Saturday, January 19, 2013

At Last --- the Case is Assembled

     It seems as if it's been a long time coming but the case is now assembled and the miter keys are glued in and drying.  Between my on-going fight with the flu (which I'm determined to win!) and the complexity of the inserts this project is taking longer than I had expected.  Let me give you a photographic essay of the entire assembly process.
     It started with preparing all of the pieces for the glue up and also getting the clamps pre-set and ready to go.  As always, a dry fit is a good habit to insure that things were going to go well.

Ready for Glue-Up
     No matter how well prepared I am there's always a certain level of stress that kicks in when it comes time to assemble a project.  Doesn't seem to matter if it's a simple or complicated one the stress is there.  I'm using 3 clamps on these mitered joints.  The blue tape on the inside is there in case of glue squeeze out, makes it a little easier to clean up.  I'm using Old Brown Glue which is in the background along with an acid brush and a damp paper towel to clean any glue off of my fingers and keep things as neat as possible.  Glue up went well so here's how it went into the laundry room to dry.

The green tape you see on the outside is there to identify the proper assembly sequence so the grain pattern is continuous.
     The next day it was time to cut the slots to reinforce the miters and add a decorative element to the case.  At the time I made it, I thought my jig was over-kill and way to large, however;  I must have known I was going to get this commission.  I was glad to have the extra size of it to support this case.

Cutting the Slot for the Keys
This is a good sized box,  roughly 7" x 12" x 18" so I had to be sure to hold things steady.  The purpose of this key is to reinforce the miter by adding some long grain to long grain glue surface.  A miter on its own doesn't have a lot of strength since it's mostly a end grain to end grain joint.
     After planing a piece of Maple so that it was a snug fit, it was cut into triangles for the keys.  This was easily done with a bench hook and a Japanese fine cut saw.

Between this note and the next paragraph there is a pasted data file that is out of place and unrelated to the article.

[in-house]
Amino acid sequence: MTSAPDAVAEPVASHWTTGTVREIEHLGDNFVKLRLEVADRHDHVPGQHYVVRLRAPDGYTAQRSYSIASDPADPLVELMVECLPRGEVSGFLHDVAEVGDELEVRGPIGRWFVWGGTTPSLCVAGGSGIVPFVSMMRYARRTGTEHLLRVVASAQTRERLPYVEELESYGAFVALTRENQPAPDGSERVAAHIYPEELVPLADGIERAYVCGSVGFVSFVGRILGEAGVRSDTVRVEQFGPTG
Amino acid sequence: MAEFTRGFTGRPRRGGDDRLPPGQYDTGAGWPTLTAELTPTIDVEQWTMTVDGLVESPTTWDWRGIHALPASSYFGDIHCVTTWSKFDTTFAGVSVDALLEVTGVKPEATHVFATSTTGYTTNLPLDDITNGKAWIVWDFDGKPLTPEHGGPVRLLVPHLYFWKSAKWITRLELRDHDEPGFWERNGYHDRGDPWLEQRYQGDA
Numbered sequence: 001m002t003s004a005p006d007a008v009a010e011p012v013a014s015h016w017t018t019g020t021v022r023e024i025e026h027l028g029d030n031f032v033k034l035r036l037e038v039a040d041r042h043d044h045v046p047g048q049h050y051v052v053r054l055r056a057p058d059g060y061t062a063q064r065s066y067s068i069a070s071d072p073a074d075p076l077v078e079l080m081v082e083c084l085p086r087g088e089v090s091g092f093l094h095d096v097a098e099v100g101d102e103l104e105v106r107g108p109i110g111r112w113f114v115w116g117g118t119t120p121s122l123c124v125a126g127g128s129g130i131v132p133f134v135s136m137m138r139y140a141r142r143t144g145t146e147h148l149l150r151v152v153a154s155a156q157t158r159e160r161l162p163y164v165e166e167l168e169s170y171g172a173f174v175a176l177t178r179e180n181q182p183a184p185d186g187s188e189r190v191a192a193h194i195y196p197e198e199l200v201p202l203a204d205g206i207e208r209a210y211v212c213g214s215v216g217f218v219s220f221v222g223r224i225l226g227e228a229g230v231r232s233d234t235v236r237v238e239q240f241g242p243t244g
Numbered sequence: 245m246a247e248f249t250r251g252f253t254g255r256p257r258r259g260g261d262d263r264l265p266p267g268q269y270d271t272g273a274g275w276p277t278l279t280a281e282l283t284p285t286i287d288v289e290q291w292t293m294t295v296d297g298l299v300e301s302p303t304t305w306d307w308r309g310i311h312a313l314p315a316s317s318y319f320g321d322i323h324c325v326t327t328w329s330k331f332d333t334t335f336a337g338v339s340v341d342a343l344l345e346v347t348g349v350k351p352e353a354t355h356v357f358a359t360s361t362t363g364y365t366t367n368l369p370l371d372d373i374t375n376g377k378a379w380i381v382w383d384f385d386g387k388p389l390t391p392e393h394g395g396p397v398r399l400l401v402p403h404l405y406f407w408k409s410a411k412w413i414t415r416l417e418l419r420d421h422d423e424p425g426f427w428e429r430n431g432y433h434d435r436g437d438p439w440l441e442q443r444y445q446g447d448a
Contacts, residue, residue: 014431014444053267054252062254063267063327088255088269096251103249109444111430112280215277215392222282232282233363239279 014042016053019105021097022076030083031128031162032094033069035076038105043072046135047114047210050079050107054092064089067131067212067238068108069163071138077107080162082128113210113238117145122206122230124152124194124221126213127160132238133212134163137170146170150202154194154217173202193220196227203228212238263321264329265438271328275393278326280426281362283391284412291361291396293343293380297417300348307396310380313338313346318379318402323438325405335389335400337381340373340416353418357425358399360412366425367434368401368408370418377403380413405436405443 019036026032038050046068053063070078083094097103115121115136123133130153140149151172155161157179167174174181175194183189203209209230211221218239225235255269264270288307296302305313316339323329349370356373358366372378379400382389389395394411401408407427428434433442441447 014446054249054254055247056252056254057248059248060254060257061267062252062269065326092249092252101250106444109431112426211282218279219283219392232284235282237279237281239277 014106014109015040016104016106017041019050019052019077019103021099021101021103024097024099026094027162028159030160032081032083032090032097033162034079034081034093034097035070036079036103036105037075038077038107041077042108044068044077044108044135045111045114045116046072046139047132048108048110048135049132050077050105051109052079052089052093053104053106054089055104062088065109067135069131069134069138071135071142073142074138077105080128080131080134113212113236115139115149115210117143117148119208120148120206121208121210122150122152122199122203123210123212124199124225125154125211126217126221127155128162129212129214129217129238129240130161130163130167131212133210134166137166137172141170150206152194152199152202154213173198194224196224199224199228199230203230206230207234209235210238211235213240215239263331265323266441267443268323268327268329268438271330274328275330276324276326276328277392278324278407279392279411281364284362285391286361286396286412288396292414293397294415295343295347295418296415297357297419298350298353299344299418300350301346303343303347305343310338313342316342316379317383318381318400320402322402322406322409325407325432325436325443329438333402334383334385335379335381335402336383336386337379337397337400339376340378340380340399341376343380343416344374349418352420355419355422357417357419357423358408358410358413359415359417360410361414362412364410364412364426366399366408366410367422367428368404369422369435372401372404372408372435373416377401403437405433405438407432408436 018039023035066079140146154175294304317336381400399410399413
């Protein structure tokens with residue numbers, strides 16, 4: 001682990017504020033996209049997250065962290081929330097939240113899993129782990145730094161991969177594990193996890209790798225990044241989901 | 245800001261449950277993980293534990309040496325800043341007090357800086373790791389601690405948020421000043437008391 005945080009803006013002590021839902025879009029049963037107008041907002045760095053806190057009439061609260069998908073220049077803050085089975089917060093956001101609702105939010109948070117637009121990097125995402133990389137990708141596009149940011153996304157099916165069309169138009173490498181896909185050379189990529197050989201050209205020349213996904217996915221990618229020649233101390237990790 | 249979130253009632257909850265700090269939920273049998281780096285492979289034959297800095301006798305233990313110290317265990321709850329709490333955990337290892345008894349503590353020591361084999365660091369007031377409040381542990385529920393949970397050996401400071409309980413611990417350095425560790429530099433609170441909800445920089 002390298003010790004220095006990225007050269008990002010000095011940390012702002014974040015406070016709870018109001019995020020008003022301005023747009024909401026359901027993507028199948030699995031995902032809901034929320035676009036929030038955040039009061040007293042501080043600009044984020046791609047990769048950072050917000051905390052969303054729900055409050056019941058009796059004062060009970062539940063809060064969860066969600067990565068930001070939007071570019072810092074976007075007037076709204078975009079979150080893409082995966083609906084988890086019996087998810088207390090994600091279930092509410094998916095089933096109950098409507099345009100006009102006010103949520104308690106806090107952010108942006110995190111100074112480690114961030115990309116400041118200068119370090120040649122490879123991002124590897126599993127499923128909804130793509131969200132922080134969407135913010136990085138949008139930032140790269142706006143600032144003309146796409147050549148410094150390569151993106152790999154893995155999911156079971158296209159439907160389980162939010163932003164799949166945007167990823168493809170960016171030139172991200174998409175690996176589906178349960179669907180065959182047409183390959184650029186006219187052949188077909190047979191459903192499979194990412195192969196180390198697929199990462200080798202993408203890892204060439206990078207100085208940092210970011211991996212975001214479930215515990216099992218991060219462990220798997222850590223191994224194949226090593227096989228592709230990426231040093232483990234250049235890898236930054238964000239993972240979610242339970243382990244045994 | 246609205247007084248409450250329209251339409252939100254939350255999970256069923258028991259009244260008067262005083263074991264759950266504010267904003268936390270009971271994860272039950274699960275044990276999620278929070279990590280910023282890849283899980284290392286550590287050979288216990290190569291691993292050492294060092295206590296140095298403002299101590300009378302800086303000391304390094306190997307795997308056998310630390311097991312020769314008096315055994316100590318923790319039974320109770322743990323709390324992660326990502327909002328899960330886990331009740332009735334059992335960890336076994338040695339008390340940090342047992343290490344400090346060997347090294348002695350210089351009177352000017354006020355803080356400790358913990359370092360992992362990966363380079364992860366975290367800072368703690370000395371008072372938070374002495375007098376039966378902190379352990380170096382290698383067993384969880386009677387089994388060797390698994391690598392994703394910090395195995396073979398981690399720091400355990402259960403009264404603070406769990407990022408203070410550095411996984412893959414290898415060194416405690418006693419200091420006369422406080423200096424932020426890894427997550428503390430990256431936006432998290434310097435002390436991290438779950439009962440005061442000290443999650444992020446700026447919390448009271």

Cutting the Keys
I had a lesson with two students today on cutting dovetails and this bench hook was part of our discussion.  This is a definite example of over-kill.  Bench hooks are great shop made appliances and really don't need the strength or finesse of a dovetail joint.  All that's required is a couple of pieces of scrap glued/screwed together like the one in the back ground.  Making the dovetailed one is a great practice piece to keep your dovetail skills up to date.  The other bench hook was used to hold the spline material for planing.

Cardboard Glue Applicator

     Once the keys were all cut it was time to put them in place.  You can see I use a very sophisticated and high tech glue applicator.  I've found that for a narrow space like this a piece of cardboard is all you need.  First step is wiping it onto the sides of the slot.

Glue on Bottom of Key
Next, I put a small amount of glue on the bottom of the key.  As the key is pressed into the slot this glue will squeeze up the sides.  It's important that the key is fully seated in the slot.  At our last Sin City Woodworkers meeting the subject of a "rubbed glue joint" came up.  This is an example of that.  Once the glue has been applied you rub it back and forth in the slot until you can feel it start to grab.  At that point you just let it go.  Here you can see how it'll end up.

The technique on this box is one I've done before.  After the splines are dry they will be planed smooth and the entire box will be finished.  The separation is between the shorter splines in the middle of the box.  Notice the mallet?  I've learned from experience that the spline material may swell up when the glue gets on it making it almost impossible to seat it my hand.  That's where the mallet comes in.
     Once the box is separated it'll be time to install the hinges and the catches.  First up though will be the egg crate divider system needed for the chess pieces. Yes, I'll make the deadline for delivery!

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